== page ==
I cannot figure out a reasonable explanation for Mehlokazulu to lie/expand on those parts of his statement that we refer to, if indeed he was trying to protect himself or ingratiate for his coming trial surely the obvious statement would have been simply "I wasn't there."
I have as you are aware spent hours pacing those areas and its based on my own observations that I believe that the leading elements were out of the valley, the timeline just cant support any other point of view Im afraid.
Accepting that fact and all the statements, Raw, Nyanda etc in which they agreed the Zulu regiments ( estimations between 12000 and 15000) were waiting ( Raw I think alludes to them being in motion) is the prime element that I posted above as suggesting that Mehlokazulus statement was a commentary on the army being moved forward from Ngwebini onto the plateau. That's an action that had to have happened at some point during the morning. That is unless the discovery took place in the valley ( and that I just cant believe). Ergo Mehlokazulu could indeed be correct in his statement, the regiments were moved forward to the upper reaches of the river and there waited for whatever orders Tshingwayo was going to give. I believe the current military phrase is 'Lay up point or LUP.' Weather those orders were for a forward movement, an attack, or simply to wait for the 23rd ( then why move forward at that time?) we will never know really.

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Julian Whybra



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PostSubject: Re: The missing five hours.    Wed Aug 26, 2015 12:38 pm

Frank
I agree the impi was 'in motion' - manoeuvring into position for the 23rd - getting properly aligned as Ntshingwayo wished (we know they weren't so) - but that is all that can be established for certain.
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PostSubject: Re: The missing five hours.    Wed Aug 26, 2015 12:44 pm

Julian
I can live with that.
Cam
Great meeting up with you, loved the carrot cake. Do it again soon.

Cheers
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PostSubject: Re: The missing five hours.    Wed Aug 26, 2015 1:58 pm

The decision to attack the camp was no doubt made, when it was known the camp had depleted in numbers. Which would have been in the early hours of the 22nd.
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PostSubject: Re: The missing five hours.    Wed Aug 26, 2015 11:38 pm

Back on topic.
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Frank Allewell

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PostSubject: Re: The missing five hours.    Thu Aug 27, 2015 2:46 am

John
My only problem with a pre planned attack is: Who amongst the Zulu high command would have the guts to openly defy Cetswayo? His orders were not to attack without first consulting.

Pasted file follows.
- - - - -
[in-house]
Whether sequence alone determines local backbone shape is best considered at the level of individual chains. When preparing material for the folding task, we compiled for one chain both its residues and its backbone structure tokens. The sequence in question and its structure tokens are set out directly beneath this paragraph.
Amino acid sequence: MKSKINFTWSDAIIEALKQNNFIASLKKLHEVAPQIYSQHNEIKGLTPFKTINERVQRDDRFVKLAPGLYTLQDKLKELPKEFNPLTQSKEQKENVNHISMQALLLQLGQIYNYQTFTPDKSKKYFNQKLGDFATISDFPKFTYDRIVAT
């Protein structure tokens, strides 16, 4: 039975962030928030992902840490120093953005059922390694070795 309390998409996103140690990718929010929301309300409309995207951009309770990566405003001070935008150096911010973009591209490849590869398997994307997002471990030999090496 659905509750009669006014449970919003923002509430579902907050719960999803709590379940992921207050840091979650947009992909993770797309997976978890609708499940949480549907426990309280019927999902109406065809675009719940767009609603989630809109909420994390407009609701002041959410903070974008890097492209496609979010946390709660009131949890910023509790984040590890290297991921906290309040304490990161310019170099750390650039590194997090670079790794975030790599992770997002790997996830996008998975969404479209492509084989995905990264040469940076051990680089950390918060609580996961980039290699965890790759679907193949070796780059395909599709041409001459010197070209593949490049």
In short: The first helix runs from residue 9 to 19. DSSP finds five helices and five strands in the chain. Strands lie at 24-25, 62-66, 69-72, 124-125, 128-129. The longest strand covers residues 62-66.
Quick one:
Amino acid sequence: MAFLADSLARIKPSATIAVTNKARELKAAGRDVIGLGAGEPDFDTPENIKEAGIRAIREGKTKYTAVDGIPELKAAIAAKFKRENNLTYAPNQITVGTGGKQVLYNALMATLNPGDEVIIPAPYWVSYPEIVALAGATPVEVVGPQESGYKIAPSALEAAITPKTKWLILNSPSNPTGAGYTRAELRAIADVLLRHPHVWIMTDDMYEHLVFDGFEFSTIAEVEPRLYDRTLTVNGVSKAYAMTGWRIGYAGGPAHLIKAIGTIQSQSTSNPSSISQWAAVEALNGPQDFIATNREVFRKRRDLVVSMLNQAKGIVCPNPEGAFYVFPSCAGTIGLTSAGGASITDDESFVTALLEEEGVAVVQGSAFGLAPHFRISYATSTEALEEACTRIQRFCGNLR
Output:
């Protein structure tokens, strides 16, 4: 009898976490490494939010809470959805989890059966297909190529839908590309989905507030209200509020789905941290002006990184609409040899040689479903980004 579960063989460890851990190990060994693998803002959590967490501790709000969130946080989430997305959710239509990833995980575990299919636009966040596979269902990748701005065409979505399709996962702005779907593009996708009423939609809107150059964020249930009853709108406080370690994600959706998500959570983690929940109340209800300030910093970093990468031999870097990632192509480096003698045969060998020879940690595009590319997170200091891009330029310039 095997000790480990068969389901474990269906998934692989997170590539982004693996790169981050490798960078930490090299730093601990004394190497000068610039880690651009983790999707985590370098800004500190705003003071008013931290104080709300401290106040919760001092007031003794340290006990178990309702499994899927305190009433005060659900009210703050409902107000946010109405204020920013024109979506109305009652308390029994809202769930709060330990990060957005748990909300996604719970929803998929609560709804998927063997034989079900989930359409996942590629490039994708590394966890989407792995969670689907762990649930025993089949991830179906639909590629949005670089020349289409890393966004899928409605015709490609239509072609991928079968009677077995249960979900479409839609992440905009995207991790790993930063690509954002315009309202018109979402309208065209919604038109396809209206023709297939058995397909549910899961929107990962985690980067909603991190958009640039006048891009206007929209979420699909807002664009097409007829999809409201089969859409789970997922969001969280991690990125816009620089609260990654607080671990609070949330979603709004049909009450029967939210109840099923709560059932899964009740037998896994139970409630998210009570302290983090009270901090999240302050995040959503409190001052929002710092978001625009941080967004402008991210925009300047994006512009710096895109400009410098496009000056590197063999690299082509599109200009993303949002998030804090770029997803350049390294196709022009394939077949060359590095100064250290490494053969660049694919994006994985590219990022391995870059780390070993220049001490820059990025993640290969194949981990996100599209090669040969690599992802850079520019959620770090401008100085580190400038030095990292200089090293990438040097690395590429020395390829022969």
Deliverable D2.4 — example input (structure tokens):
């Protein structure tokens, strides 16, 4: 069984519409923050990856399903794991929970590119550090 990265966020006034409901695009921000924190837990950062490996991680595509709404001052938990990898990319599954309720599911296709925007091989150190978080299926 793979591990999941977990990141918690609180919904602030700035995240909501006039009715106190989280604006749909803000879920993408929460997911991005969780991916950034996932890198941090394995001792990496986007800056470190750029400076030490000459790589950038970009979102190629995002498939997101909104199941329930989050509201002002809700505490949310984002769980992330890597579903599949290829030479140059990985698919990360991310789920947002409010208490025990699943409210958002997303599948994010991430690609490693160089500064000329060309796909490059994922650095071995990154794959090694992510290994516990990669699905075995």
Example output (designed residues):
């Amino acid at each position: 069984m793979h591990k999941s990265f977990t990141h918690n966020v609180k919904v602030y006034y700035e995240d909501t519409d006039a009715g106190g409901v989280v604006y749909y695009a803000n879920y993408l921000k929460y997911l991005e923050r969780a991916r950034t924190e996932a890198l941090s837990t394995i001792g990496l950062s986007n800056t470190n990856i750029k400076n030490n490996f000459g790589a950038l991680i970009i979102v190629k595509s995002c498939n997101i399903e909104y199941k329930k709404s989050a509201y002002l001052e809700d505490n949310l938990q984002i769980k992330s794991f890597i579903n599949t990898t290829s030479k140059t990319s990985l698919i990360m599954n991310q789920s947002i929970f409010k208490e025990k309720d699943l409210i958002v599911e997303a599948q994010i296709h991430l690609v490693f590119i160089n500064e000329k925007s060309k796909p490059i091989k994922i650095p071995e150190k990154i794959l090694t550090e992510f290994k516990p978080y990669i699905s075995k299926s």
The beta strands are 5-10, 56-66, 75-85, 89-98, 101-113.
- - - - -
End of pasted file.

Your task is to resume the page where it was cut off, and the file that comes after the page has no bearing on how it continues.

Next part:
So to deliberately go against the orders of a man who would have no hesitation about hammering very sharp wooden poles up your rear end and enjoy watching you squirm a tad........... plus of course he had some other interesting ways of amusing himself.

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PostSubject: The missing five hours    Thu Aug 27, 2015 3:30 am

Hi Frank
Dabulamanzi was one who flouted Ceteswayo's orders , as did Tshingwayo at Kambula .
90th
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Julian Whybra



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PostSubject: Re: The missing five hours.    Thu Aug 27, 2015 8:42 am

John/Admin
Apologies. My intention was to show that speculation based on speculation is a never-ending alley.

Frank
I agree. By all accounts the way the Zulus mounted the attack in an uncoordinated fashion appears to fit in more with a response to an 'unprovoked' attack.

90th
Whilst that's true, Frank's point is a good one considering that this was the Zulus' first major engagement of the war and the senior izinDuna's opportunity to show their loyalty and obedience.
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PostSubject: Re: The missing five hours.    Thu Aug 27, 2015 8:45 am

Quite right, but Dabulamanzi was of Royal Blood but still ran for cover. Khambula could easily be put down to the influence of Mnyamana kaNgqengelele.

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PostSubject: The missing five hours    Thu Aug 27, 2015 8:46 am

Hi Julian
Although Kambula was much later , and  they were goaded into it by Buller , Tshingwayo probably had no choice once the unco-ordinated attack began .
90th

Just saw your post Frank , I think Buller was the reason the attack started prematurely Joker Joker .